Dumbbell Nan Kilo Moteru? stars Hibiki, a high school girl who loves to eat and so is beginning to overfill her uniform. She swears to lose weight and so tours a new gym where she meets Akemi, the school idol. Hibiki is put off by the bodybuilders, but it turns out Akemi has a muscle fetish, and the trainer Machio is handsome–and ripped, so both girls are after him. After that we learn about the bench press and squats, Hibiki is tormented by both, so gets a lot of advice and pep talks. That’s about it.
Well, it made ME want to exercise, and I’m the laziest person around. Apart from that the show is just what you’d expect. I was surprised and pleased that there are few gratuitous body-part ogling bits. There is a little, but how can you do a squat without showing off your butt. When the show does lean toward naughtier thoughts, like in the photo above, it’s done for laughs. However, if you want male fanservice this is the show for you. It also does a good job at slipping information in without distraction, like the calorie count of everything Hibiki eats, or a quick explanation of whatever muscle Akemi is drooling over. They also show us how to do the exercises, and mocks the cliche infotainment content it’s forced to use. In other words, a very light and silly show about strength training, always encouraging and positive. Could have been a lot worse.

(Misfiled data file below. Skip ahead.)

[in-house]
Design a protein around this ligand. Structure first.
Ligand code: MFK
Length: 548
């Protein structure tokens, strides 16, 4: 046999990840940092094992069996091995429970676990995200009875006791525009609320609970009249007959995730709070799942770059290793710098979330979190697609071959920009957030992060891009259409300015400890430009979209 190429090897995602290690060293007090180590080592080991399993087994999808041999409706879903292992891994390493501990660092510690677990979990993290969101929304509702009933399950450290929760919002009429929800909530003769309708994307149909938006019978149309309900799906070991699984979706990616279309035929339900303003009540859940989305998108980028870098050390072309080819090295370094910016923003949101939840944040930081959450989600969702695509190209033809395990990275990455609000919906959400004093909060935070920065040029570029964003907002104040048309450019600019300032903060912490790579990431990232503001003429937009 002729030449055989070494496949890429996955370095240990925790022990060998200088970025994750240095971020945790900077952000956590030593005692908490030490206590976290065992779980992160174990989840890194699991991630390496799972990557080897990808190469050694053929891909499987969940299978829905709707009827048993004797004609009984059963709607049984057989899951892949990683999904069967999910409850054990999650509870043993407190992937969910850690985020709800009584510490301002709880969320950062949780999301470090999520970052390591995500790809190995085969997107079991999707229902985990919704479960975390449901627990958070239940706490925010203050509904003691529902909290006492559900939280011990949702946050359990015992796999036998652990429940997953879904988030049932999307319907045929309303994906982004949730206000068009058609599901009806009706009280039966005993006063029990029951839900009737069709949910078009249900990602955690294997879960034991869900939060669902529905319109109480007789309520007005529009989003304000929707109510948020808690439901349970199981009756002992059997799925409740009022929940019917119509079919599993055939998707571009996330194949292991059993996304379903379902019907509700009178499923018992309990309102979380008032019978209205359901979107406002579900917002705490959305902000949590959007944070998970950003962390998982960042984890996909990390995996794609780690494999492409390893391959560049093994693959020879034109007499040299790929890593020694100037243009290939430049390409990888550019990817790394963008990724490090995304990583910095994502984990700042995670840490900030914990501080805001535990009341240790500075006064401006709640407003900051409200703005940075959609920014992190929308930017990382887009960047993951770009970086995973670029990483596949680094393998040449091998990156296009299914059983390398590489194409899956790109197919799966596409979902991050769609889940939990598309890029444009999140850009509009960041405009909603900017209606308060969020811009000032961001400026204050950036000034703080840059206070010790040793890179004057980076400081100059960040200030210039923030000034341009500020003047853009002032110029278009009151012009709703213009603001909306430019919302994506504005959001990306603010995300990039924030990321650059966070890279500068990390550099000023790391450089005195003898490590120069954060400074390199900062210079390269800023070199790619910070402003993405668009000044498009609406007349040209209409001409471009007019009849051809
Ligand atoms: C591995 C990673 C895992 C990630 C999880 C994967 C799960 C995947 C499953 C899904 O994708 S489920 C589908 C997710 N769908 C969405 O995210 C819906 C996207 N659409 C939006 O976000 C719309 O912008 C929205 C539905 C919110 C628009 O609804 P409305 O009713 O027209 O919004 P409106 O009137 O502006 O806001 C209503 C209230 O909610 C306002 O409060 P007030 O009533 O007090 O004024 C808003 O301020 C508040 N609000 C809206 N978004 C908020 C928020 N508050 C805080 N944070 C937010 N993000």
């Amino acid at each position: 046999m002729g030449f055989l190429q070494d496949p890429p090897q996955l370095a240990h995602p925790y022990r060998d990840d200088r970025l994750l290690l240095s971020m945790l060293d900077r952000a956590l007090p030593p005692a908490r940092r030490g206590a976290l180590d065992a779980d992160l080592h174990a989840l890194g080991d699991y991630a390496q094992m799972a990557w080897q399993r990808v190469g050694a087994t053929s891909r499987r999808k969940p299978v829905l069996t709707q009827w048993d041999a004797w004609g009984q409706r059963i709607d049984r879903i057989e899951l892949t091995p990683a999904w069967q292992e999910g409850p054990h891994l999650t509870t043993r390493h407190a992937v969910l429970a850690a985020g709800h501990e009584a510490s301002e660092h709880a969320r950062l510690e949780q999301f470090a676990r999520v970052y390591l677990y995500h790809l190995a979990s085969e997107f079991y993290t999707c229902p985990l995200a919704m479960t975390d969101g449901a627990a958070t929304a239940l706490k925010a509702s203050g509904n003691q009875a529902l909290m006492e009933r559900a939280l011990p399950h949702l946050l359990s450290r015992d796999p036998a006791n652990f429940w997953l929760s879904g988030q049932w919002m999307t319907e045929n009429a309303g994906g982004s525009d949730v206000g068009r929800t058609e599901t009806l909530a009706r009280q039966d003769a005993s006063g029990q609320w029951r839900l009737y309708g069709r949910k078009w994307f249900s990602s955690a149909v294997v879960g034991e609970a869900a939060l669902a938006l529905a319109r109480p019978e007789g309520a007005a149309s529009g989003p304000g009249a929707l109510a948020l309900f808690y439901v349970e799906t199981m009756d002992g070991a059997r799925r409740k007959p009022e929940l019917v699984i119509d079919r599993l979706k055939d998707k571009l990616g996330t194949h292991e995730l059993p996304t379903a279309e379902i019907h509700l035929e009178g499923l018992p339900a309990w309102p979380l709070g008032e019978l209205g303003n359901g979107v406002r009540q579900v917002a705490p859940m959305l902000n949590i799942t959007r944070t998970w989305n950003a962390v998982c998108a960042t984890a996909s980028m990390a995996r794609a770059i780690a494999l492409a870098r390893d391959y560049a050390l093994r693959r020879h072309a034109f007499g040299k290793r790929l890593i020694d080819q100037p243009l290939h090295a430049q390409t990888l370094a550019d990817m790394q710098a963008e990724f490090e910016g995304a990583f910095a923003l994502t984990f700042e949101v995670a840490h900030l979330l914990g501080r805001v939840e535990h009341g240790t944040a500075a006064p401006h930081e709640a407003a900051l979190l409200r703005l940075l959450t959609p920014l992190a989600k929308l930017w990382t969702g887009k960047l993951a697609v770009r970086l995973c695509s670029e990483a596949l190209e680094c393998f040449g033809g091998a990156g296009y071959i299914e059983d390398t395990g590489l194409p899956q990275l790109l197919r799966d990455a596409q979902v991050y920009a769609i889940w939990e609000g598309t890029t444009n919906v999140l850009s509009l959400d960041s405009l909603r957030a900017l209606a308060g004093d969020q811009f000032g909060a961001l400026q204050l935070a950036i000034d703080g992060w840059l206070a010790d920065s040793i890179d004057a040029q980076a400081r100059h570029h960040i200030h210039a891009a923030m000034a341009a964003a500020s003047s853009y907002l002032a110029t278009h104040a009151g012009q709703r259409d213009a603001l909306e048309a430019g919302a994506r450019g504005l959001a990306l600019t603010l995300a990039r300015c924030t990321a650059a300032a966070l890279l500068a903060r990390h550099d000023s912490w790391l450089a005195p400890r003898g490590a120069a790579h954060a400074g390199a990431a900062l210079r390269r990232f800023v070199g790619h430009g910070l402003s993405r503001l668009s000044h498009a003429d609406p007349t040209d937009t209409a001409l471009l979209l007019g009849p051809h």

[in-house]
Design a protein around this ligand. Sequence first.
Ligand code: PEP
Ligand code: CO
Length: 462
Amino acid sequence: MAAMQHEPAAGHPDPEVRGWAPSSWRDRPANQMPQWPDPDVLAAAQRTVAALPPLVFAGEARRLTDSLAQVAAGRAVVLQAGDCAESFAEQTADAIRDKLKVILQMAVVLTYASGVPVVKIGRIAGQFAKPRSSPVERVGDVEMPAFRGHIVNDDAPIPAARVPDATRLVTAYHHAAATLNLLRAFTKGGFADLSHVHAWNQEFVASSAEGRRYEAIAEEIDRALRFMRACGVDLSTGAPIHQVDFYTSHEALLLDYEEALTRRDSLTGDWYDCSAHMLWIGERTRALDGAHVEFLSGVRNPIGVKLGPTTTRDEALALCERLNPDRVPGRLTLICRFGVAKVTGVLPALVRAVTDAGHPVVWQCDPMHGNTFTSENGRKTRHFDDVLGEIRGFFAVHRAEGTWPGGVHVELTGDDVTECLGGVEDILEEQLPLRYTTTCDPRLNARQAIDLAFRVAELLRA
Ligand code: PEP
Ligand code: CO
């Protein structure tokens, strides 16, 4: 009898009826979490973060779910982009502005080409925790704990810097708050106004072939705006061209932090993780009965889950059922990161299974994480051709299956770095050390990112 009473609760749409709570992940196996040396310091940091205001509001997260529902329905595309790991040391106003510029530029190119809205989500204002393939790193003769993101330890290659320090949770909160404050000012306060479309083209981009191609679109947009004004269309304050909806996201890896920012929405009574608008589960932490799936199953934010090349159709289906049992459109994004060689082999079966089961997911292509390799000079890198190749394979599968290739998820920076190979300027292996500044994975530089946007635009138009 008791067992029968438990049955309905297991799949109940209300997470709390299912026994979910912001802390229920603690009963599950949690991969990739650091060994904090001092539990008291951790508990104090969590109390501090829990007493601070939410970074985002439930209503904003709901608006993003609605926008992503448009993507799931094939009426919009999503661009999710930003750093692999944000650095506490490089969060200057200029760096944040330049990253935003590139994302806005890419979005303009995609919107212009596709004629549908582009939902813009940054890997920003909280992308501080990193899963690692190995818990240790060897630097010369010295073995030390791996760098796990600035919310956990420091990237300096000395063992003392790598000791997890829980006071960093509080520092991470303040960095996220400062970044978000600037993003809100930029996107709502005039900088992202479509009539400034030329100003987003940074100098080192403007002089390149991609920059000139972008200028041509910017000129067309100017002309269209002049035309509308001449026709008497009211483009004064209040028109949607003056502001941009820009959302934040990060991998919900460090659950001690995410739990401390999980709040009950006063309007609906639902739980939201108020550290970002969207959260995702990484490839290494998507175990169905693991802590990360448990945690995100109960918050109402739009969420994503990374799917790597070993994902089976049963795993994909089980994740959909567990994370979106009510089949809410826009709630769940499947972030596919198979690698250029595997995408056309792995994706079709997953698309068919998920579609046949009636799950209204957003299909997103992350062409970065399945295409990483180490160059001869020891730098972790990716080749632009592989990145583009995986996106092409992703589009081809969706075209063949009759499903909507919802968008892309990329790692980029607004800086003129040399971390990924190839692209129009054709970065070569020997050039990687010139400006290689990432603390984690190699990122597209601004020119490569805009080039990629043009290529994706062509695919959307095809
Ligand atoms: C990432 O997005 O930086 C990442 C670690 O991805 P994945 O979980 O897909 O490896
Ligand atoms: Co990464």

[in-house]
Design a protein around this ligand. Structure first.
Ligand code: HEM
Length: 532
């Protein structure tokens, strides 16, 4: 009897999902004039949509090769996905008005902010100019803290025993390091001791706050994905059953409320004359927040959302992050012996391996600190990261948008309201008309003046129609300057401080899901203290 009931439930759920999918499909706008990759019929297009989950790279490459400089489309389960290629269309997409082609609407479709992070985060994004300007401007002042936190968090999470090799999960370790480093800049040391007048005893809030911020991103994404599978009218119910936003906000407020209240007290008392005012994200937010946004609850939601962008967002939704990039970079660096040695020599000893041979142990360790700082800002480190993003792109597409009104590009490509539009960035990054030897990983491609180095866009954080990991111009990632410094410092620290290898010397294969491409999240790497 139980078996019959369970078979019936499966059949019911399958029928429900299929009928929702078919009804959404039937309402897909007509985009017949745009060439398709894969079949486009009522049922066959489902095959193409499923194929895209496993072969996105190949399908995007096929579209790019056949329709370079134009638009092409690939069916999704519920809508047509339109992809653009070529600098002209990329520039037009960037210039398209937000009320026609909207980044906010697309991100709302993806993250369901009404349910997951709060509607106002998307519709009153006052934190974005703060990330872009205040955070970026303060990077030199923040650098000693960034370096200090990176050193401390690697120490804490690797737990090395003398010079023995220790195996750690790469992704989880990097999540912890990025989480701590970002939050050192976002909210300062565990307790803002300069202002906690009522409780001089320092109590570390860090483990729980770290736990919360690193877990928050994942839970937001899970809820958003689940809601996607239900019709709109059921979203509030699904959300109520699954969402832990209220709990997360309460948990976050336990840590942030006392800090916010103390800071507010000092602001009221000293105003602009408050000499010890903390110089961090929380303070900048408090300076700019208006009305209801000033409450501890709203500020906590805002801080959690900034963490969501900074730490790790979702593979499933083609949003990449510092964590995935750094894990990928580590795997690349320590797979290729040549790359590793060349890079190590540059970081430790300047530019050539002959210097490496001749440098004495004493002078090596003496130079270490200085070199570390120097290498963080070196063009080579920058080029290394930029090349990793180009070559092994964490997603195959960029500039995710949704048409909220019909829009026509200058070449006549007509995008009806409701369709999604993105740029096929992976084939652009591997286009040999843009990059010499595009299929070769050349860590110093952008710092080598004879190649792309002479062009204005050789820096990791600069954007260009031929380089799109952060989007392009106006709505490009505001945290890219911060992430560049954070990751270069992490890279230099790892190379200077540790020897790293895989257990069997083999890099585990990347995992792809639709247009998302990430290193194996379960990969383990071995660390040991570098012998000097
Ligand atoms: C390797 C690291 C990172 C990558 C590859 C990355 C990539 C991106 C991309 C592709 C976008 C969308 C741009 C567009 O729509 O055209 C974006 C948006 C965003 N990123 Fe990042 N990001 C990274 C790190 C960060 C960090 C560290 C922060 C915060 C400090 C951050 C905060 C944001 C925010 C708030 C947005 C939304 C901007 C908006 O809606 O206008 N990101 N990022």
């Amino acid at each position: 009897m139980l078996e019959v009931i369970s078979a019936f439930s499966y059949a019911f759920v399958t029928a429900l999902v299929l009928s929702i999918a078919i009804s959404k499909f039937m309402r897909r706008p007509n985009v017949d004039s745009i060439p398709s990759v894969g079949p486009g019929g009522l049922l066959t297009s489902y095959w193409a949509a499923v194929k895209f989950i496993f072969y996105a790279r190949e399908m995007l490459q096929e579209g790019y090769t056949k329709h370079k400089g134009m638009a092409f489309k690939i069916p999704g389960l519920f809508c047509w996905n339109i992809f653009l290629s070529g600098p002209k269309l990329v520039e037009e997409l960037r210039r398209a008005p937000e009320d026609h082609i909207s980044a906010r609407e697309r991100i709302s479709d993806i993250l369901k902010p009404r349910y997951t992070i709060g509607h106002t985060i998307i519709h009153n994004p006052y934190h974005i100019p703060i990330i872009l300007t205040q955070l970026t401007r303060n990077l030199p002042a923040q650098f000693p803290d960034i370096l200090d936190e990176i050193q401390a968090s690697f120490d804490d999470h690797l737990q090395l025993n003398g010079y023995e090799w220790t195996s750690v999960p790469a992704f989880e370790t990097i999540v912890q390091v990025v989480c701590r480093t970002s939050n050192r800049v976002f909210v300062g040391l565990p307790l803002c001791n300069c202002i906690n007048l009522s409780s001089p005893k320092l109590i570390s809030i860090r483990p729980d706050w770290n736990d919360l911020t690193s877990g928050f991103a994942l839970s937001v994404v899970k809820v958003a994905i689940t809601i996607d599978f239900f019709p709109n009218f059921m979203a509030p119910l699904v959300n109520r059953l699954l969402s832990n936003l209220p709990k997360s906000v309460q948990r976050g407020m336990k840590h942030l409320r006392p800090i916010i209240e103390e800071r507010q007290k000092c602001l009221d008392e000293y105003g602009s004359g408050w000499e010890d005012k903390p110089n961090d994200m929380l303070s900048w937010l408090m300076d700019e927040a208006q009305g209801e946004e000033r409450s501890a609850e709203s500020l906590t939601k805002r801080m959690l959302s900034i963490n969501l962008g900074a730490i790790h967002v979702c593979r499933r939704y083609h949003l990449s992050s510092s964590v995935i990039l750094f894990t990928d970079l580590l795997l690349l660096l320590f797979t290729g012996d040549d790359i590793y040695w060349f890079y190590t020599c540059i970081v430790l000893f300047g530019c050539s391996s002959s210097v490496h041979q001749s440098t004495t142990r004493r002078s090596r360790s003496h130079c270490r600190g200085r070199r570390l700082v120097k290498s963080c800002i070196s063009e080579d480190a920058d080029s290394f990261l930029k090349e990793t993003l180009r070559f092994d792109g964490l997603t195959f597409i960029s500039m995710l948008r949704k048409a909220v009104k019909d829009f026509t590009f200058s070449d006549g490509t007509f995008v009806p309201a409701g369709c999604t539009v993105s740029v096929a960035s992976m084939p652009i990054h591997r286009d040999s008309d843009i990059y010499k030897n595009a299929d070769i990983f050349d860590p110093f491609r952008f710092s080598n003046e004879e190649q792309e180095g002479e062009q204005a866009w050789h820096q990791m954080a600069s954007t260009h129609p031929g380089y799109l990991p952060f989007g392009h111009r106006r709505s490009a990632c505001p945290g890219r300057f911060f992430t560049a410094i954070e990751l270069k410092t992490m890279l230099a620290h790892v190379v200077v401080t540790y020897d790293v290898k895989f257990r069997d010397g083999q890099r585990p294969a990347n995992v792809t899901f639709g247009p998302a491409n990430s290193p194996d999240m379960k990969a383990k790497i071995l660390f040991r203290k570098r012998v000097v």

Maou-sama, Retry!, stop me if you’ve heard this before, well, no don’t, or you won’t finish this paragraph, has a guy who runs an RPG and plays a demon lord named Hakuto Kunai in it, and before he can shut it down, gets transported to that very world, where he has to figure out what to do next. He immediately meets a young girl named Aku who is running from a demon that Kunai defeats easily. Because Kunai is about the only person in that world to ever treat her nicely, Aku leads him to a shrine full of bodies and an oracle that grants him an evil ring before she crumbles to dust. Then Kunai and Aku go to Aku’s filthy village, and are now on their way to the capital to figure out what’s going on.